The original criticism came from my daughter’s friend. He used several long words, which I distilled into something like: pretentious, self serving, and preposterous, which I further condensed into “hey lady, dilute the purple prose”. After all, I was receiving advice from a well-read Princeton graduate and guess what, he was right. Actually embarrassing, juvenile behavior at my age, to be prone to vocabulary flights of fantasy, attempting to stew up a pot of ethereal verbiage or trying to string adjectives along like verbosity on a string. To my defense, even though I had been traveling to Asia since 1980, travelling in Cambodia in 1992 and then coming to stay extended periods can turn a hard-core traveler into an ingénue.
Our eyes were innocent of the pain and suffering these people had endured and our souls touched by their struggle to regain their lives after the horror of the Pol Pot years. We created a bond with our village people and no matter how much they thanked us for what we gave, we silently thanked them for allowing us to feel good about ourselves. Returning was an emotional experience. The struggle for survival still goes on and the people have to deal with a government skilled in power grabs, greed, and corruption. Yet, in the passing years, life is getter better and it is harder to sustain that original level of emotion.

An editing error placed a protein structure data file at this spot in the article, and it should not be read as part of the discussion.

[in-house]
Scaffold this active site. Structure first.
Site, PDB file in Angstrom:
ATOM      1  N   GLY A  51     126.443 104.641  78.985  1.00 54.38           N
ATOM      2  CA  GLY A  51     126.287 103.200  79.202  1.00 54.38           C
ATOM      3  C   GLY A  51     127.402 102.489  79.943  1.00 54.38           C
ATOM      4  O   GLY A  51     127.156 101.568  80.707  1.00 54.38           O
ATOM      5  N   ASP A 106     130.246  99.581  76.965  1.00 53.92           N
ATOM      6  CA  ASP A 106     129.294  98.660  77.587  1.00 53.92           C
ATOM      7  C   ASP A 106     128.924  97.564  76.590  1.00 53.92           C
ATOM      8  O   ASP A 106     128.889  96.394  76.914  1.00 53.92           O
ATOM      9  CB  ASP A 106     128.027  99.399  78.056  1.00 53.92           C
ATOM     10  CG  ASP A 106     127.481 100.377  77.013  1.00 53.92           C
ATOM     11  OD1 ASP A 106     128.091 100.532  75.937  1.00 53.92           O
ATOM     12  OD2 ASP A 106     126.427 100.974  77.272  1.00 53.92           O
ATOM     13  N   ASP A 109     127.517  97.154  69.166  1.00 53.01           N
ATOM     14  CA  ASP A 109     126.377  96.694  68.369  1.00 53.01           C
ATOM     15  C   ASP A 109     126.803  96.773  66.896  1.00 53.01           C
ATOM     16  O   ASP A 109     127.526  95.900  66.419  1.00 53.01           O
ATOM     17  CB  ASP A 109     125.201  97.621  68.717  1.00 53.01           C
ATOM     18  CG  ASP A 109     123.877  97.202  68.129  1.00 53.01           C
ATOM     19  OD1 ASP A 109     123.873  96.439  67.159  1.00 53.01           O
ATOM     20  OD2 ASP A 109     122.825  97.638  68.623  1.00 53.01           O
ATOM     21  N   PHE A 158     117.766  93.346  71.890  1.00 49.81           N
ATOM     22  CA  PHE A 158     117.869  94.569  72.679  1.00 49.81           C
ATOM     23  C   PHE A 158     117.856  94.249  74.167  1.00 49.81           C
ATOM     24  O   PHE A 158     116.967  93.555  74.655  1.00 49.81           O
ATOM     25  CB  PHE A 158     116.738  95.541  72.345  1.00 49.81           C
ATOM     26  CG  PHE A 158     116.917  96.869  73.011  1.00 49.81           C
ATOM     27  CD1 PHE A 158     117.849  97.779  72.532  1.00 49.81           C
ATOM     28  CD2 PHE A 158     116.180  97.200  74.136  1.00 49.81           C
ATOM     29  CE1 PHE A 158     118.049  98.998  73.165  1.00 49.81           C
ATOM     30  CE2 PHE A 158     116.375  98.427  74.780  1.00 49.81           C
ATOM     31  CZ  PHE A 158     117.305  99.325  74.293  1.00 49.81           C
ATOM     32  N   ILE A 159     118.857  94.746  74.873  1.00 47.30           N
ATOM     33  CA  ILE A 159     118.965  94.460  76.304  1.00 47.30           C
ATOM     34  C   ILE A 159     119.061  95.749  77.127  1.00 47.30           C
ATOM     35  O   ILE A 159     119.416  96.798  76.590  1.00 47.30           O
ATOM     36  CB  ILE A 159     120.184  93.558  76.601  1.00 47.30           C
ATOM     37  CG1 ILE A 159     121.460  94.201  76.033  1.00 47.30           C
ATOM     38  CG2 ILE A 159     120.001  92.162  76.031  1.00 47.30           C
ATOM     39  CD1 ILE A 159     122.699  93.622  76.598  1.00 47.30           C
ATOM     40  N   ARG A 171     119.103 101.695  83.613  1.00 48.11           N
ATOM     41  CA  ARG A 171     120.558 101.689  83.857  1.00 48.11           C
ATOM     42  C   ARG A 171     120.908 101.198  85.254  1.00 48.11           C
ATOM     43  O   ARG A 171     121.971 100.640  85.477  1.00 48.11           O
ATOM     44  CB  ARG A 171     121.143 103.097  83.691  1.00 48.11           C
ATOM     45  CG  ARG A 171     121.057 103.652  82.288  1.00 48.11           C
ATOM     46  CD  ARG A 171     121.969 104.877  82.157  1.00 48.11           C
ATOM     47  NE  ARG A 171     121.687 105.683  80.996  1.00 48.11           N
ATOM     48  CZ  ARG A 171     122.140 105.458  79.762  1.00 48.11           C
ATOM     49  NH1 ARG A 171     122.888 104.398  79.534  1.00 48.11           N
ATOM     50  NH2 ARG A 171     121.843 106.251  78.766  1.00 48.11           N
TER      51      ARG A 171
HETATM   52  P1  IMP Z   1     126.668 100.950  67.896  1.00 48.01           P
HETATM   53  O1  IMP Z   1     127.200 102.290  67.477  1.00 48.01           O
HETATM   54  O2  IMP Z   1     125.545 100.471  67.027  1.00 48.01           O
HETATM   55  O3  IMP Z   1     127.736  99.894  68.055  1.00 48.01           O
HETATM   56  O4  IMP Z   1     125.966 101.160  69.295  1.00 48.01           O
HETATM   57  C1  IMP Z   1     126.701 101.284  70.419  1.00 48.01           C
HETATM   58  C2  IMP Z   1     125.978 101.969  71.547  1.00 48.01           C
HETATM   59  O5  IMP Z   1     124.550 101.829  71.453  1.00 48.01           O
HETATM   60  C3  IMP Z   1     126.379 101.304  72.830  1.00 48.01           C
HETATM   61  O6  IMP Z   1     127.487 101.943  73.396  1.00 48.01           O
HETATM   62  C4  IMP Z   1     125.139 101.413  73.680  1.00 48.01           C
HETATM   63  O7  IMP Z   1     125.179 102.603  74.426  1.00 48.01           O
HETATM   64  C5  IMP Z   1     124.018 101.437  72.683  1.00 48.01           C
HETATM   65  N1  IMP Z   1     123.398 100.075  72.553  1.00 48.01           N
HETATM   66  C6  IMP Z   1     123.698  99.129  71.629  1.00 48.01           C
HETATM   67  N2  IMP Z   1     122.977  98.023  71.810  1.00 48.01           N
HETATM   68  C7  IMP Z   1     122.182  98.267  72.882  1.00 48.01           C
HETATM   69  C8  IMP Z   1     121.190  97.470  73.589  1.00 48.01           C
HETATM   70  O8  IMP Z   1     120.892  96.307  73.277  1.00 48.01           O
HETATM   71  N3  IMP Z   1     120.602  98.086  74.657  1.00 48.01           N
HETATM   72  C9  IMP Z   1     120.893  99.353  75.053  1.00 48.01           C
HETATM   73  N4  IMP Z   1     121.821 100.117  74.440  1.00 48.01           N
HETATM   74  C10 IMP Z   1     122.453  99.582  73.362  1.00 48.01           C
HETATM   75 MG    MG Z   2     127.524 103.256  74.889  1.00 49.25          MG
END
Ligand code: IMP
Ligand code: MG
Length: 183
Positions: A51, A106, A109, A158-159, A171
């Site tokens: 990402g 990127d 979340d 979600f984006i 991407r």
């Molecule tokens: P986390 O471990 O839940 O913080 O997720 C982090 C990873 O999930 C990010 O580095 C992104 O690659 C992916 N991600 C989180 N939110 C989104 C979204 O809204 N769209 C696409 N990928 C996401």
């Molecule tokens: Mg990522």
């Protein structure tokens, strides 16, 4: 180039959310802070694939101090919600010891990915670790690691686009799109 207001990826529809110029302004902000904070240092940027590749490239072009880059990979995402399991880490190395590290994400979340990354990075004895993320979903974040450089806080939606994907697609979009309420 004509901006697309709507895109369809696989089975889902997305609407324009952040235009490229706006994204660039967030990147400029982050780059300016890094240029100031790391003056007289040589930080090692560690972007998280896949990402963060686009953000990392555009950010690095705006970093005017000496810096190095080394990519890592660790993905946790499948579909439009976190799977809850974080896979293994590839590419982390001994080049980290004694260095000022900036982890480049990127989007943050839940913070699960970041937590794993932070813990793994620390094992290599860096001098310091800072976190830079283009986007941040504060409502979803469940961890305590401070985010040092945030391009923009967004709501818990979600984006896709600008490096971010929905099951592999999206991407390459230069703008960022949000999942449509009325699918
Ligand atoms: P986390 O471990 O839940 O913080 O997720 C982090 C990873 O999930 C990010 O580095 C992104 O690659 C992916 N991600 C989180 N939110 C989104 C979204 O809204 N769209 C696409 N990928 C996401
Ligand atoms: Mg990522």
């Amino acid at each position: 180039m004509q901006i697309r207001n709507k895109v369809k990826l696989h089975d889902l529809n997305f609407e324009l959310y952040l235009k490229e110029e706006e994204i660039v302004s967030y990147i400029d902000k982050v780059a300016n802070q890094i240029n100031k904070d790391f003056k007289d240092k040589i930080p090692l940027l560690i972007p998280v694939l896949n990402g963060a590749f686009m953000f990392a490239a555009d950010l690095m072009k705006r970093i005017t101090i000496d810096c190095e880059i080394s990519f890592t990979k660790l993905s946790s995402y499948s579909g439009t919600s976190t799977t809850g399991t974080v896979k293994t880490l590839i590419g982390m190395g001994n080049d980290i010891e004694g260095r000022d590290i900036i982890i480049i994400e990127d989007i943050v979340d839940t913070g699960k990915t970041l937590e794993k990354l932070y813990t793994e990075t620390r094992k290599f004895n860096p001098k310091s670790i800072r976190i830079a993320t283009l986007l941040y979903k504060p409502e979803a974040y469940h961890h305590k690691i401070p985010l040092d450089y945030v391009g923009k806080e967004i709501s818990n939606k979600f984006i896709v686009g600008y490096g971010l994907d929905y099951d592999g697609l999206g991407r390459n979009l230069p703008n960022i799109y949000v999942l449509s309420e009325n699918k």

Therefore, this year, I take an oath to be terse. Heightened human consciousness will refine my act of observance allowing my reportage to reek of pityness, which I am not sure is even a word. I am certainly relieved that he did not attack my attempts at irony. Because as Lenin said about power, irony is just rolling around in these streets and all you have to do is pick it up.
This one is recent and comes from a dear friend I see every Tuesday night….no, no I will not mention her name. An avid sports fan, a Duke graduate, and also very well read. She says the e-mails are just tooooo long. This toooo I respect and even though I have recently turned over a significant milestone in age, I am not too old to be retrained. Therefore, I succinctly state from here on out, the e-mails will be cut off with a “TO BE CONTINUED” notation at the bottom. I hope that I can leave a few dangling participles that will encourage you to stay tuned.
This comment comes from someone very dear to me, of a younger generation, but someone who has known me his entire life. He is a great father, also a Duke graduate, and I trust him, not with my life, but that which comes next. As a reader he complains that I have nothing new to say. So now I promise to write something entirely new.
AS PROMISED, WHAT IS NEW
— Back to Donald and Eddie conversation.